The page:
Senate Minority Leader Mitch McConnell, R-Ky., so far has refused to let anything deflect his focus on trying to ensure that the GOP regains control of the Senate in November.
That includes former President Donald Trump, who regularly criticizes McConnell, and the party's 2023 agenda if Republicans take control of Congress.
"As a political matter, as a strategic matter, it makes little sense to go down this rabbit hole … He’s far too disciplined to allow himself to be distracted,” former McConnell campaign adviser Scott Jennings told The Hill.
"It's the same thing on Trump … He just won't take the bait. He's just never going to allow himself to be knocked off of his strategic path and the path here is very clear: Keep Joe Biden and his failures at the center of the conversation of this election. Period."
The 80-year-old McConnell, who has been Senate Republican leader since 2007, is living up to his reputation as being strategic, cautious, and tight-lipped — even when it comes to Trump, who constantly slams the leader.
Trump was angered by McConnell congratulating President Joe Biden for winning the 2020 election, which Trump says was stolen, and for blasting the former president after the Jan. 6, 2021 attack on the Capitol.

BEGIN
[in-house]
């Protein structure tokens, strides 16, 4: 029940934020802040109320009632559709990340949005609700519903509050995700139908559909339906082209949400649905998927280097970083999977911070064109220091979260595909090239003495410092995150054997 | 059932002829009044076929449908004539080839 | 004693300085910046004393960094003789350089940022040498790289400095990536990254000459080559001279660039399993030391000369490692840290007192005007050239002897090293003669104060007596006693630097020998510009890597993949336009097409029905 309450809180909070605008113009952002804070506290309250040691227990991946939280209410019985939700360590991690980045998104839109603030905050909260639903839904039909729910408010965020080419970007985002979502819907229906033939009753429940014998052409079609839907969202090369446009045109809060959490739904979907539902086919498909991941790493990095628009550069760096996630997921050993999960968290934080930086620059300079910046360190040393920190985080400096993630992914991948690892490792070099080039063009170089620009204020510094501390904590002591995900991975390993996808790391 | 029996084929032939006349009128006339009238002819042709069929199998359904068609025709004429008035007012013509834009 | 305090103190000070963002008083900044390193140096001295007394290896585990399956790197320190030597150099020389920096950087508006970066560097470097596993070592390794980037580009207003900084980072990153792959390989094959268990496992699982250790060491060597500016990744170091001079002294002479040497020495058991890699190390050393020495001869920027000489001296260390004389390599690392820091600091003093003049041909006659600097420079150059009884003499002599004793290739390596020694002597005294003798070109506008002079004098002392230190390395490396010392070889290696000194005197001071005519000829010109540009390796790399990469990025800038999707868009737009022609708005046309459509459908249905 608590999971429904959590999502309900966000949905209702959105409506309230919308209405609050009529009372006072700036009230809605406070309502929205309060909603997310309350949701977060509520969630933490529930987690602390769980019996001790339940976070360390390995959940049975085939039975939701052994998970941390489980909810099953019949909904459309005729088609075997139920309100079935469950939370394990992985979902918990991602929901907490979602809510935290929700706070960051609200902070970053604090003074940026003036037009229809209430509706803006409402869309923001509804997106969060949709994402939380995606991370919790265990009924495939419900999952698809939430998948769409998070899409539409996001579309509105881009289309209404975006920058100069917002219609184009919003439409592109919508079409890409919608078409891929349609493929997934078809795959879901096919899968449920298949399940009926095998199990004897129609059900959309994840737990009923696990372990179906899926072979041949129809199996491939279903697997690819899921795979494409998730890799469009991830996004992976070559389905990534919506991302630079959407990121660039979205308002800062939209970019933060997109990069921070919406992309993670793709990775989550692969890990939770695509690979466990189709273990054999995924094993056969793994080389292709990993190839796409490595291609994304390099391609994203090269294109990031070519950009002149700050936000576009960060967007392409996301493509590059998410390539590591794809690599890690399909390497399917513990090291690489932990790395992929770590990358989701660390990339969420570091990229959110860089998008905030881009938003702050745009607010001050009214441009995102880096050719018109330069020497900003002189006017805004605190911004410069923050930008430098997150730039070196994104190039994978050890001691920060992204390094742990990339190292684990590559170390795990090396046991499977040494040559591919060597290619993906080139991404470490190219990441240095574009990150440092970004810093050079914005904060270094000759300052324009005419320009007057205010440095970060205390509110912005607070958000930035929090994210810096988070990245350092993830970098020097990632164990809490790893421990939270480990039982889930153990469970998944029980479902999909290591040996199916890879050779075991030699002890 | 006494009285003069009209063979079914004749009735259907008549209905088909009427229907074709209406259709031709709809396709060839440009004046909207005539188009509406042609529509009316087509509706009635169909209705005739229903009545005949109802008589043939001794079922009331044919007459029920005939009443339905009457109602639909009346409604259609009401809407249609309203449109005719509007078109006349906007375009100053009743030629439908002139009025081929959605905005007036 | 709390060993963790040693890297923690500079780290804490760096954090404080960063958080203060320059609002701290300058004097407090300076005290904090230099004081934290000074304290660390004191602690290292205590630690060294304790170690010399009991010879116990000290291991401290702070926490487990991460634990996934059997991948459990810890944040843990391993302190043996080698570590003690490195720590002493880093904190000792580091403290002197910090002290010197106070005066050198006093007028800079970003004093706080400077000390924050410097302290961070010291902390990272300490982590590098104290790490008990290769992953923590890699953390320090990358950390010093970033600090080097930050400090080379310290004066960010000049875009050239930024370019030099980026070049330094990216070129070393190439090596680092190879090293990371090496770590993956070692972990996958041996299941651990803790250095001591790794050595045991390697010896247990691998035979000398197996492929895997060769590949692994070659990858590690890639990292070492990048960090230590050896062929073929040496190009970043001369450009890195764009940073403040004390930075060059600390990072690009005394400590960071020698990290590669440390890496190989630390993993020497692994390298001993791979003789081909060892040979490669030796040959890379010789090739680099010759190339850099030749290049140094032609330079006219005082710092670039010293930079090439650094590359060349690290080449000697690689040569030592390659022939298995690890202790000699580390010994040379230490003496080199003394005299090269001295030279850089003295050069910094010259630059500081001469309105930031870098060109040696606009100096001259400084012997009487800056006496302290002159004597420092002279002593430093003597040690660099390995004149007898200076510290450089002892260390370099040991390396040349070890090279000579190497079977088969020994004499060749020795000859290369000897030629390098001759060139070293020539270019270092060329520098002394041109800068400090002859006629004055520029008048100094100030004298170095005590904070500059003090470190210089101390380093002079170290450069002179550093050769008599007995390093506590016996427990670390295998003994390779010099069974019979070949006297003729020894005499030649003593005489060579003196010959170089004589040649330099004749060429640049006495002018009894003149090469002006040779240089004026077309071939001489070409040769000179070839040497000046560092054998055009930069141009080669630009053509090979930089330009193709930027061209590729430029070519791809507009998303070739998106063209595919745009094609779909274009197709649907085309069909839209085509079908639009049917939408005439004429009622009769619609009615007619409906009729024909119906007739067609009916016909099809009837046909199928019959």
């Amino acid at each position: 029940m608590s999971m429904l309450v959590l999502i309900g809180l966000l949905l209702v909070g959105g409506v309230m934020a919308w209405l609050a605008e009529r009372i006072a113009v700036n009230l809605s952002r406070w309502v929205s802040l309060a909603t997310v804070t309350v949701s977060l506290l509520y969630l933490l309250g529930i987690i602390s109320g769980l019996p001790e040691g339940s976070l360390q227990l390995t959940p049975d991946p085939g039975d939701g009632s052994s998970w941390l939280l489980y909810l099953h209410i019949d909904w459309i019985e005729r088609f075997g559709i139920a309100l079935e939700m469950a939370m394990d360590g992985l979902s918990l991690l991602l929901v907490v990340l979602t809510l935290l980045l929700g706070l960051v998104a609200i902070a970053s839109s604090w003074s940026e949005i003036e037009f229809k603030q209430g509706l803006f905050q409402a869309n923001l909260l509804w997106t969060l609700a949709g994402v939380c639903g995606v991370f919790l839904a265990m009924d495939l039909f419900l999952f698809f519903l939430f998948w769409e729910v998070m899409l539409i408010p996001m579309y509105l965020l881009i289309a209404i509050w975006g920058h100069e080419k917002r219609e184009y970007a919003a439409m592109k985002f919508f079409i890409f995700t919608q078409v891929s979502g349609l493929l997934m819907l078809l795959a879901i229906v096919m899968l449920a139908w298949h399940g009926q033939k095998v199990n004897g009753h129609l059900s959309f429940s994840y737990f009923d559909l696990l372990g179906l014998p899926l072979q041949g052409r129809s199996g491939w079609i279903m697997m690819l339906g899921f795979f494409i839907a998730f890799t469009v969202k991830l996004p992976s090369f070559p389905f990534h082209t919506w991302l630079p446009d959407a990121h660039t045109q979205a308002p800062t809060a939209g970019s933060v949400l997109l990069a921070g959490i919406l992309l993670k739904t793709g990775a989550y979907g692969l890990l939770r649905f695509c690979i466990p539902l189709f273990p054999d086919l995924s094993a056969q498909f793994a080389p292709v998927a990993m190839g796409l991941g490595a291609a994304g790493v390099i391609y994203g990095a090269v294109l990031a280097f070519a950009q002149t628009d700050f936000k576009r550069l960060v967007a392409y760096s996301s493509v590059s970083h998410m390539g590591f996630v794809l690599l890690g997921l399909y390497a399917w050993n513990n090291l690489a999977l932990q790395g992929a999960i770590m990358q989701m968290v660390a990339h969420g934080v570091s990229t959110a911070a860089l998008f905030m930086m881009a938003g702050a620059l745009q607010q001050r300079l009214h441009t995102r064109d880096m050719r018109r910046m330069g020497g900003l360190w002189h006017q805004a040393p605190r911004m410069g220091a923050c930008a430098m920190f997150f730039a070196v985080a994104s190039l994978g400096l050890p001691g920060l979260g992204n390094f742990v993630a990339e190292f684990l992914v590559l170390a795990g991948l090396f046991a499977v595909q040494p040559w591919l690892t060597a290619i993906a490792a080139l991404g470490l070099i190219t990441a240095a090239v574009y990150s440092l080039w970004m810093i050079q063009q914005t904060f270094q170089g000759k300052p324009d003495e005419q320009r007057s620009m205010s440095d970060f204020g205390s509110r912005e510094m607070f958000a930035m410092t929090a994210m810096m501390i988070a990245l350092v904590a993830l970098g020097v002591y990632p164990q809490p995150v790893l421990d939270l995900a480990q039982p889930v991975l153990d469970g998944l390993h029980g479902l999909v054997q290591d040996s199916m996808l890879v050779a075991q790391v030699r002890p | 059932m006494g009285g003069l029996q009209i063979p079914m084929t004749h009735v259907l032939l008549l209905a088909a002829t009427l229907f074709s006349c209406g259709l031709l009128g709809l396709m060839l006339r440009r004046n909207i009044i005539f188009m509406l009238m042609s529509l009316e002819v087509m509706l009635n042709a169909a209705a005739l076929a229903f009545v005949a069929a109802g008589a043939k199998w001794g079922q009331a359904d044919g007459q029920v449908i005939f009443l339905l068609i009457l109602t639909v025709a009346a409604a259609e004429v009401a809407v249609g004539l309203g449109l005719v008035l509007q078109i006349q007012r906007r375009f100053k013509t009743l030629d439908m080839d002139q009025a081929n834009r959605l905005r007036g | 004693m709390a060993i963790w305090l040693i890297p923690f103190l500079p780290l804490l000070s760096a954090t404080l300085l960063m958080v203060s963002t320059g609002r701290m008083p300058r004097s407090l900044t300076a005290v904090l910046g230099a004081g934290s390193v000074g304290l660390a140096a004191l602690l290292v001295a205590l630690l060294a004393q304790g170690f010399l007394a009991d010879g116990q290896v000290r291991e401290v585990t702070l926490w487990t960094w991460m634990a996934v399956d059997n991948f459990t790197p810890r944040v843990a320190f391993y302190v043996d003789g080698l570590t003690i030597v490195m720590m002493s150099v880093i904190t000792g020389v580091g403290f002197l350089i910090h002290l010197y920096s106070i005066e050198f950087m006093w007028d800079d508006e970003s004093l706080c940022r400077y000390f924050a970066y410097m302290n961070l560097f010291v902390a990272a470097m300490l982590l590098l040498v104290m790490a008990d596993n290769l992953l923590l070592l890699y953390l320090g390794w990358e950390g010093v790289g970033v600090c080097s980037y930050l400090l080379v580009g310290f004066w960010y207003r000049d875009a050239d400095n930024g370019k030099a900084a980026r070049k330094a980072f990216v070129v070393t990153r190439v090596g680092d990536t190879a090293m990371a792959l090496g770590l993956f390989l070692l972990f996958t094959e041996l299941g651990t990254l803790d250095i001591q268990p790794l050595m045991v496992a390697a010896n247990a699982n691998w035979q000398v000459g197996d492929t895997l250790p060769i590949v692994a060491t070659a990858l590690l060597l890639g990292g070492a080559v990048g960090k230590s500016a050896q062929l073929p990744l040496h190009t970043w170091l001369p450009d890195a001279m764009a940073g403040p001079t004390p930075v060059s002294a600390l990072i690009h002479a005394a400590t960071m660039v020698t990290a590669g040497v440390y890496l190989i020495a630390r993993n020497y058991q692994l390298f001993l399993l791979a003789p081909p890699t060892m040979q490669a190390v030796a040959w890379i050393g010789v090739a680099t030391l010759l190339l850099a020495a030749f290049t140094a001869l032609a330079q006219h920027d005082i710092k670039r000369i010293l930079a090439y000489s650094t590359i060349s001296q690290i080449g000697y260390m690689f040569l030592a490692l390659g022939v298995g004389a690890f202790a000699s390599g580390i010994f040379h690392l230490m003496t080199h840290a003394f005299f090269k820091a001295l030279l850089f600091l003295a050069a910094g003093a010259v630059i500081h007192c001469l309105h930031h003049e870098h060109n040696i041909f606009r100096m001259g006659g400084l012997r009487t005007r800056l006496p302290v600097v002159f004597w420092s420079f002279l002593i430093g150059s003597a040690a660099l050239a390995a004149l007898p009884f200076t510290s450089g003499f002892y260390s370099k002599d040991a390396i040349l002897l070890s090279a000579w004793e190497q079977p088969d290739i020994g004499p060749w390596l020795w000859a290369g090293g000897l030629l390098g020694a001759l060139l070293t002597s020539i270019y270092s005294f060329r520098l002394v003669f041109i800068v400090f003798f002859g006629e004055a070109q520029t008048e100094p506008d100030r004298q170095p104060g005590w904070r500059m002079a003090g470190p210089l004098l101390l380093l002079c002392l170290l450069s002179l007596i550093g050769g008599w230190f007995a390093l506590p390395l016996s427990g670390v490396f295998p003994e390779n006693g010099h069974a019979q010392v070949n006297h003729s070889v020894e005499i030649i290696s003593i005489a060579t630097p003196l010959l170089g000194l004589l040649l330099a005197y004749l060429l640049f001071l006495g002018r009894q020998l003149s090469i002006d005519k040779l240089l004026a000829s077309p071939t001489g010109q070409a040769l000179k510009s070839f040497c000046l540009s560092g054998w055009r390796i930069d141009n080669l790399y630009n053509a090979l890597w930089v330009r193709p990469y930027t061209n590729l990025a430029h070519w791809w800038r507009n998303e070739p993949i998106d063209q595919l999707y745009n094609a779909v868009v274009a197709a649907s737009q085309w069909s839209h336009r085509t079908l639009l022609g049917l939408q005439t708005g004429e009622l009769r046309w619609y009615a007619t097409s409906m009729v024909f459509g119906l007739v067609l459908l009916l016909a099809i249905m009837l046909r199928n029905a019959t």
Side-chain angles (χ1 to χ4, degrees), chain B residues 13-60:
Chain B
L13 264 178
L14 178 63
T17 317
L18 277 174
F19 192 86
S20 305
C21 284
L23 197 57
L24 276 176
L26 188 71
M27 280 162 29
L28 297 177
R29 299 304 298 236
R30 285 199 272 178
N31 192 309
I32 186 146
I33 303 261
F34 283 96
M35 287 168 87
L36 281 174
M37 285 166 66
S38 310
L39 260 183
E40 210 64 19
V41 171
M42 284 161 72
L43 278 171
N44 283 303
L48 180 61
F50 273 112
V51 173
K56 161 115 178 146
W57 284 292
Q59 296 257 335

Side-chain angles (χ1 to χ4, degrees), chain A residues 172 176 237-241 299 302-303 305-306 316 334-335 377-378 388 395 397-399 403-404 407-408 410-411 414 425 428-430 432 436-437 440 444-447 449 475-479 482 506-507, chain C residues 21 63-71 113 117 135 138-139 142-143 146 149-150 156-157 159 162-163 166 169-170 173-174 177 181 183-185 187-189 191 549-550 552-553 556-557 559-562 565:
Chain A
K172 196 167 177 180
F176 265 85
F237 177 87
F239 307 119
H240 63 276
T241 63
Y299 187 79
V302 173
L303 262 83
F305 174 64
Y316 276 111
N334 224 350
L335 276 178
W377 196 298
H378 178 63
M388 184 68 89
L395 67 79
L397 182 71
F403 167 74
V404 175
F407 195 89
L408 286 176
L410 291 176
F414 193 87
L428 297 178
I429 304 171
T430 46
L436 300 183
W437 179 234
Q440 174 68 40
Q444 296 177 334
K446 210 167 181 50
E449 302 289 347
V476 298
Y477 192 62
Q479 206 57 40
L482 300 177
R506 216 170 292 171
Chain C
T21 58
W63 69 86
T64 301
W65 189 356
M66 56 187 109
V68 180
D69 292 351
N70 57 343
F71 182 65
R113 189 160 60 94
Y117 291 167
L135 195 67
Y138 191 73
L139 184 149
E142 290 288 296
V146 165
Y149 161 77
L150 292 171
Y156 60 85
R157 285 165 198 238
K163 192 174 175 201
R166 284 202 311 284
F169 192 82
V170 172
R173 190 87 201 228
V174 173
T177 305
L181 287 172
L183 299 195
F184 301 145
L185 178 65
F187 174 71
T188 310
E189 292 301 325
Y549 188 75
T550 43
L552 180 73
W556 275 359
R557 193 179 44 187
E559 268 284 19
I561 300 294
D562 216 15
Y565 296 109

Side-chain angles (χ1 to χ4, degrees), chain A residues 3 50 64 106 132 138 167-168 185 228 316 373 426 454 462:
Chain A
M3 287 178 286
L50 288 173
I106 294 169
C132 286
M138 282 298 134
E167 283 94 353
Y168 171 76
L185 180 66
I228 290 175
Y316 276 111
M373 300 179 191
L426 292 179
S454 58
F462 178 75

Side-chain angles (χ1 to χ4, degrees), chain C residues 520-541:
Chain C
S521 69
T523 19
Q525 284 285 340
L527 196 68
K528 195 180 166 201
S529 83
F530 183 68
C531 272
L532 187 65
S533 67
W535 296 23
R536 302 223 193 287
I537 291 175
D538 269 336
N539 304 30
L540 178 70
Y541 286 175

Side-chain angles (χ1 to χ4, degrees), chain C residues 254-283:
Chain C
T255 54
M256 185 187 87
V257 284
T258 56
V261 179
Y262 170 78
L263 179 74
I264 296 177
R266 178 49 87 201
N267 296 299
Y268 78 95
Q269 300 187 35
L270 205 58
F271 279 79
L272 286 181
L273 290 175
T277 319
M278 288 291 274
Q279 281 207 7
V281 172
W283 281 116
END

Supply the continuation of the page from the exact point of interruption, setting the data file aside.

The two men differ when it comes to Sen. Lisa Murkowski, R-Alaska, who's running for reelection. Trump is aiming to defeat her after she voted to convict him during the February impeachment trial.
McConnell is supporting Murkowski, as well as trying to persuade two other Trump targets — Gov. Doug Ducey, R-Ariz., and Gov. Larry Hogan, R-Md. — into running for the Senate, The Hill said.
The leader downplayed his differences with Trump to CNN by saying they agreed in Nevada and Georgia, while saying Alaska was "one place where the former President and I have a disagreement."
McConnell also remains coy when asked about a possible 2023 GOP agenda.
"That is a very good question. And I'll let you know when we take it back," McConnell told reporters recently, The Hill reported.
"This midterm election will be a report card on the performance of this entire Democratic government: the president, the House, and the Senate ... Make no mistake about it, the election this fall is a referendum on this all-Democratic government."
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